Posts Tagged ‘house saison’

june PG meeting, house saison IV, thrashlab visit

Wednesday, June 27th, 2012

last thursday was the third thursday of the month, and as with all third thursdays, I headed up to culver city for pacific gravity’s monthly meeting.

  • I brought along bottles of my imperial stout and vizcaino for some sensory analysis – vizcaino’s bretty/fruity aroma and golden strong characteristics were well received, and the consensus regarding the imperial stout was that lack of carbonation and high finishing gravity hindered the overall package.
  • as a result, after kegging my clean portion of belgian amber and dosing the other portion with brett b, I individually opened each bottle of my imperial stout and re-yeasted them with red star premier cuvee dry wine yeast.  I contemplated trying a dry ale yeast first, but the beer’s high abv made me doubt that method’s success.  I plan on trying a bottle next week and chilling the bottles once adequate carbonation has been achieved to reduce the risk of overcarbonation.

I also got around to brewing the fourth iteration of my house saison after bottling the third batch last week.

  • keeping with my previous strategy of alternating light and dark variations, I strayed slightly from last year’s recipe with a few modifications, including the use of dark, pungent liquid candi sugar and low-alpha hops early in the boil (12 gal recipe):
    • 18 lbs Pale Malt (2 Row) Bel (3.0 SRM) Grain 2 72.7 %
      1 lbs 8.0 oz Munich Malt – 10L (10.0 SRM) Grain 3 6.1 %
      1 lbs 8.0 oz Wheat Malt, Bel (2.0 SRM) Grain 4 6.1 %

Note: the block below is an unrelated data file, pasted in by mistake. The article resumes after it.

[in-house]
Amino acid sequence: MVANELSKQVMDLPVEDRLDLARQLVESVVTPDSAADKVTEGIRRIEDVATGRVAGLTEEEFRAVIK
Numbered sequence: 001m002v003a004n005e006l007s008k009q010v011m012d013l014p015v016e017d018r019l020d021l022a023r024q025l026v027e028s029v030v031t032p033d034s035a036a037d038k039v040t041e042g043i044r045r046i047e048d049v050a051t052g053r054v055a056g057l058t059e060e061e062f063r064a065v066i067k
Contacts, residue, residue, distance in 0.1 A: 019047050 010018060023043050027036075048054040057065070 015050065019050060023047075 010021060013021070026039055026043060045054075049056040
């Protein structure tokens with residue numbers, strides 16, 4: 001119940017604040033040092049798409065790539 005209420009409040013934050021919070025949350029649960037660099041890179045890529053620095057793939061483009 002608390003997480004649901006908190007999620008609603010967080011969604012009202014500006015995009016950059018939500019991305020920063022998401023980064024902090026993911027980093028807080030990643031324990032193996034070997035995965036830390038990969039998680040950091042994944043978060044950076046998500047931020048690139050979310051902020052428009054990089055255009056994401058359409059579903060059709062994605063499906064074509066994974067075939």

1 lbs 4.0 oz Carafa II (412.0 SRM) Grain 5 5.1 %
      1 lbs Caramunich Malt (56.0 SRM) Grain 6 4.0 %
      1 lbs Candi Sugar, Dark (275.0 SRM) Sugar 7 4.0 %
      3.00 oz Saaz [1.00 %] – Boil 60.0 min Hop 8 4.1 IBUs
  • I also mashed higher than normal at 156F and hit my target gravity of 1.059 (14.5 brix) exactly due to a smooth sparge/lauter.  I gave my house slurry a couple days head start and then pitched a single vial of WLP566, which took off in a few hours.  after brewing this batch I came to realize that what was once a slight riff on a saison has evolved into sours somewhat comparable to blanc and banning.  as a result, after this batch has been kegged and bottled, I plan on returning to brewing a standard saison (likely with a high finisher like WLP565) with a simple post-fermentation brett addition (maybe some WLP644?).
  • also, during the start of my brew day the crew from thrashlab (specifically, the subculture club derivative) stopped by to film a general homebrewing how-to as well as to interview me about my process/brewing history.  everyone involved was a consummate professional, and filming went fairly smoothly.  it was definitely neat to share my love of homebrewing and hopefully turn some more people on to the hobby.  stay tuned for a link to the final video(s), and be sure to scrutinize all minutiae and call me out on any mistakes…

              

              

 

house saison bottling, vizcaino notes, fixing barrel leaks

Wednesday, June 20th, 2012

last week, while topping off airlocks in the fermentation room, I noticed that yet another six months had passed since my last house saison started fermenting.